- Contract Packaging
- Leaders in Packaging
Article | December 31, 1995
Code control: three scanners, one PLC
To verify the readability of preprinted bar codes, Private Formulations, Inc. employs three scanners integrated into its solid-dose bottling line by Parish Automation (Lakewood, NJ).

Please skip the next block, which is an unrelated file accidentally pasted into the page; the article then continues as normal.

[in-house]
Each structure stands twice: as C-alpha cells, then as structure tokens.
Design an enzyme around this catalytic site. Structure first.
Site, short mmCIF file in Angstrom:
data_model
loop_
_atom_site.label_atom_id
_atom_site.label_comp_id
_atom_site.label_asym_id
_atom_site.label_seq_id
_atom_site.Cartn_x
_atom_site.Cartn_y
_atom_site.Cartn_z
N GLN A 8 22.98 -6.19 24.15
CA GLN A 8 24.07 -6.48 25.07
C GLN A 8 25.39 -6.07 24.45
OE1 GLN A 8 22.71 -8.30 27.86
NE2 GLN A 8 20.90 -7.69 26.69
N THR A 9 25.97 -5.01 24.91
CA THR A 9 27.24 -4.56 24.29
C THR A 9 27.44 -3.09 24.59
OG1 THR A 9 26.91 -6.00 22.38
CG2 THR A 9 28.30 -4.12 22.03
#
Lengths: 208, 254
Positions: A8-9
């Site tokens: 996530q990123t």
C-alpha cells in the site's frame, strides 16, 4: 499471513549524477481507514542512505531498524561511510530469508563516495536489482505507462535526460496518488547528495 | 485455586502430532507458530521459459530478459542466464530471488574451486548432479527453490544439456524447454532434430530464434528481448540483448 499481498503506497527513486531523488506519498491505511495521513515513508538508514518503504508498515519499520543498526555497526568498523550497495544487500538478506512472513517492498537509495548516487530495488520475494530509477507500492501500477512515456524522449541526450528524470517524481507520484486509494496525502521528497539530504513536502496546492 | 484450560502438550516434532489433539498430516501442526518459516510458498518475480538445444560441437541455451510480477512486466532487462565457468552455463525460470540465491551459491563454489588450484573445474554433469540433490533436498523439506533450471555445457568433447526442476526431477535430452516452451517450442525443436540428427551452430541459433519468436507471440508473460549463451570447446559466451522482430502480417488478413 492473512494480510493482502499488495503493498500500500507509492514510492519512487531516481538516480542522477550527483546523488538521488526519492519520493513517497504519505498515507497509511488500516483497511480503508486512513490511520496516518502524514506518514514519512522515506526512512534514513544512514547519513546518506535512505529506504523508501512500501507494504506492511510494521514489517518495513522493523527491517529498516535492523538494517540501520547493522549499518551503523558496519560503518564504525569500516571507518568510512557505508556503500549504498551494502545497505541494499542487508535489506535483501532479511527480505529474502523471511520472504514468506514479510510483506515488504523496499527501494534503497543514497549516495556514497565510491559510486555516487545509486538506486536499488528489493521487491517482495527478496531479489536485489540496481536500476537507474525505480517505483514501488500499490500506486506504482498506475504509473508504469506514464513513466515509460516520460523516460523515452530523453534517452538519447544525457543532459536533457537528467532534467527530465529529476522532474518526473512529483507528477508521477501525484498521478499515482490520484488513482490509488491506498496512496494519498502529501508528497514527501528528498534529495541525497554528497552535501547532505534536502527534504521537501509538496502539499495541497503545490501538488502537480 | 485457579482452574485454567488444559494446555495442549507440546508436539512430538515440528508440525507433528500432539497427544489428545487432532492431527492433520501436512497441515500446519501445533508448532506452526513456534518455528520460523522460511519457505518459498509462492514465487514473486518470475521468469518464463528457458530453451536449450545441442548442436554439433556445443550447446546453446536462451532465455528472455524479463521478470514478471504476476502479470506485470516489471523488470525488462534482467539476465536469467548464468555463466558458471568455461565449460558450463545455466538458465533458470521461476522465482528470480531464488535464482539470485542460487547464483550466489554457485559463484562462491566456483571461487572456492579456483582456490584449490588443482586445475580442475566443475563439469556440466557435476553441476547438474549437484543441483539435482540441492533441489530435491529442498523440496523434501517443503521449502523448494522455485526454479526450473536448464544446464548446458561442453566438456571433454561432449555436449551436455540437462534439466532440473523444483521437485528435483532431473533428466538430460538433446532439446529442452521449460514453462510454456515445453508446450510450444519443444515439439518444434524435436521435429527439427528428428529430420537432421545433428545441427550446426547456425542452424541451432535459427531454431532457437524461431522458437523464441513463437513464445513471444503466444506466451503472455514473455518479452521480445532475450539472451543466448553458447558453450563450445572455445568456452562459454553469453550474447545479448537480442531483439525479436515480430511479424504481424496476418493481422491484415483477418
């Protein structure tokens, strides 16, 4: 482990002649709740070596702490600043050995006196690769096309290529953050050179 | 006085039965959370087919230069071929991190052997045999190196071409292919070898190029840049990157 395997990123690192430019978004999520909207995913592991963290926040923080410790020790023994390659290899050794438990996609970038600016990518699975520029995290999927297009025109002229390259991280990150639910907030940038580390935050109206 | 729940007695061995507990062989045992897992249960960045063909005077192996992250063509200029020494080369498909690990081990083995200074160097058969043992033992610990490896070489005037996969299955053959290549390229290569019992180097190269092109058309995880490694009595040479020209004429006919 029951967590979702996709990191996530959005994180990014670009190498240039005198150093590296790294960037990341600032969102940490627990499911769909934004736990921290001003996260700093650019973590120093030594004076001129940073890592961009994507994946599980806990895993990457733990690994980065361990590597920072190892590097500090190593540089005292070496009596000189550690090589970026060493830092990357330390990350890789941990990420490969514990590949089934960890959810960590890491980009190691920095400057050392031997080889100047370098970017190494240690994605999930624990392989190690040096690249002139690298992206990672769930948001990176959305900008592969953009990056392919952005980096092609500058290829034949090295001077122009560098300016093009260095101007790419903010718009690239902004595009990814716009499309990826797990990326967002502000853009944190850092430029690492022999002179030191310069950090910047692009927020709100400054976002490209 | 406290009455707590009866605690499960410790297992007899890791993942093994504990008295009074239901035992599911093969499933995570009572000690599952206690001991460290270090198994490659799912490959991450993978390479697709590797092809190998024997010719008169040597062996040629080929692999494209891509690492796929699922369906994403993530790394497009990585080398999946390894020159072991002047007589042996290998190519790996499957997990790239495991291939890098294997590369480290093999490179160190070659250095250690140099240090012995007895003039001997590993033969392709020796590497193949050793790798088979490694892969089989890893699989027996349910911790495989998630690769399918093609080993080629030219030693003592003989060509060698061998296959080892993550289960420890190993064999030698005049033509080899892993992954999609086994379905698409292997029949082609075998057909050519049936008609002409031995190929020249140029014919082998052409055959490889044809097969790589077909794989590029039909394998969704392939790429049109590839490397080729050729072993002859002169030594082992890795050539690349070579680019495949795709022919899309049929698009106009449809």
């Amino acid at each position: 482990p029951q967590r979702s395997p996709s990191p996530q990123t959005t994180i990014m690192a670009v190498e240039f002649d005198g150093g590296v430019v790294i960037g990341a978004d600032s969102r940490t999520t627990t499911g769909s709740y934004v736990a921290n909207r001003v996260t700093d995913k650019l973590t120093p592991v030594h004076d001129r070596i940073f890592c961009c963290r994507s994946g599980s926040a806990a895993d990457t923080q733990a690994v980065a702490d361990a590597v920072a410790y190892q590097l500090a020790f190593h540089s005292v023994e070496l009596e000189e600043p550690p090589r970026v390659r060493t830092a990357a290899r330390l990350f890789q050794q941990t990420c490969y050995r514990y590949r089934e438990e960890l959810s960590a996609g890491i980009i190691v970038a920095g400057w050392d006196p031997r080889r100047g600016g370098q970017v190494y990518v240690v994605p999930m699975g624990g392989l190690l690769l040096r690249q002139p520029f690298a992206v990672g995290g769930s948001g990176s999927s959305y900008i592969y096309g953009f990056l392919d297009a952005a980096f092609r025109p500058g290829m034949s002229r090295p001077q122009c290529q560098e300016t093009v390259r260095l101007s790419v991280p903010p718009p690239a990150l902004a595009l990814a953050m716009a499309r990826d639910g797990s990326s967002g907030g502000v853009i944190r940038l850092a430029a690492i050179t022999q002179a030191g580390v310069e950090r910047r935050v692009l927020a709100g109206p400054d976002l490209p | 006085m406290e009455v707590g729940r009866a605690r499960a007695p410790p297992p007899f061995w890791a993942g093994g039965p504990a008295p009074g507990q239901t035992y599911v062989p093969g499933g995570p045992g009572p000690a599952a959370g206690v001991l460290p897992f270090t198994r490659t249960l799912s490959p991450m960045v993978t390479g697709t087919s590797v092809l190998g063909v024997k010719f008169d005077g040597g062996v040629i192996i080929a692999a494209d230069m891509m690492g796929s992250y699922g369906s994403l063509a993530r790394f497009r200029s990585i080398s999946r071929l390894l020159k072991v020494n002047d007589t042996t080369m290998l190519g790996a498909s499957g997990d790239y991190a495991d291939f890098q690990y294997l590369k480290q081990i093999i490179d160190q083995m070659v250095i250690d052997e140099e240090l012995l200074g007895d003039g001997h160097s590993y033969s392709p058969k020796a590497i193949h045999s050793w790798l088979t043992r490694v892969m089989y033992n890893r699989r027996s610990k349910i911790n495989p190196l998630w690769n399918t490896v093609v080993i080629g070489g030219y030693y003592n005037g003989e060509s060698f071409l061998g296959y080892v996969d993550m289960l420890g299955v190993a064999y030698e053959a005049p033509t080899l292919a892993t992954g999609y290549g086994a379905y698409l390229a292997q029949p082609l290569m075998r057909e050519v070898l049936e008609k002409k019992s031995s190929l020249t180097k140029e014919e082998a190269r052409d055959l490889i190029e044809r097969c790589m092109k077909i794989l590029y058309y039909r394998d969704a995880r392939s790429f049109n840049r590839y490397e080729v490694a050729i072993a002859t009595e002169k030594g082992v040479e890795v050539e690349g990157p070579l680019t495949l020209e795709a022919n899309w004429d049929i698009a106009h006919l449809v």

The Microscan Systems (Renton WA) scanners on the line--one at the labeler one on the leaflet folder and one on the cartoner--are tied into a Parish S1100 microprocessor-based operator control panel. The S1100 is connected to an Allen-Bradley (Milwaukee WI) SLC 502 programmable logic control which provides menu access for all 1+ SKUs. However it's usually faster to have the scanner "learn" the proper label by scanning a sample right before production begins. All three scanners read PFI's own internally created Interleaved 2 of 5 bar code which is printed on the primary label and carton in addition to the product's UPC code. PFI's I 2 of 5 code describes the customer bottle and label for each SKU. Why a separate code? For inventory control explains operations vice president John Dambrauskas especially if a carton or label is revised. "How would I know by scanning just the UPC code" he asks "that I'm using the revised version of a carton if I still have both in my inventory?" By changing a digit on the I 2 of 5 code to reflect the new carton style PFI is able to distinguish between different versions of packaging materials. The I 2 of 5 code is typically printed on the leading flap of a tuck carton or a minor flap of a glue carton and hence isn't visible to retail scanners. Dambrauskas explains how the scanners work: "Before the label is applied to the bottle we read that bar code while it's still on the roll. If it's incorrect that container will be rejected after labeling. If we have three bad codes in a row the machine will shut down." The same three-strikes-and-you're-out principle applies to the scanner in the leaflet inserter and the cartoner. For the former the actual scanner is located underneath the folding assembly facing up to catch the bar code on the underside of the folded insert. On the latter the scanner reads codes on the carton flaps in compliance with the FDA GMP rule that is to take effect next year. Carton scanning occurs after the bottle is inserted into the carton but before the flaps are sealed. Also since the bar code on the glued cartons appear on the opposite end of where it appears on the tuck cartons Parish engineered a flexible mount that allows the scanner to be swivelled from one side to the other. At the time of PW's visit PFI wasn't using this scanner yet although it had plans to begin this month. "We just finished having Parish install a scanning system on all our lines including our blister-pack line reading all bar codes on both labels and folding cartons" says Dambrauskas.
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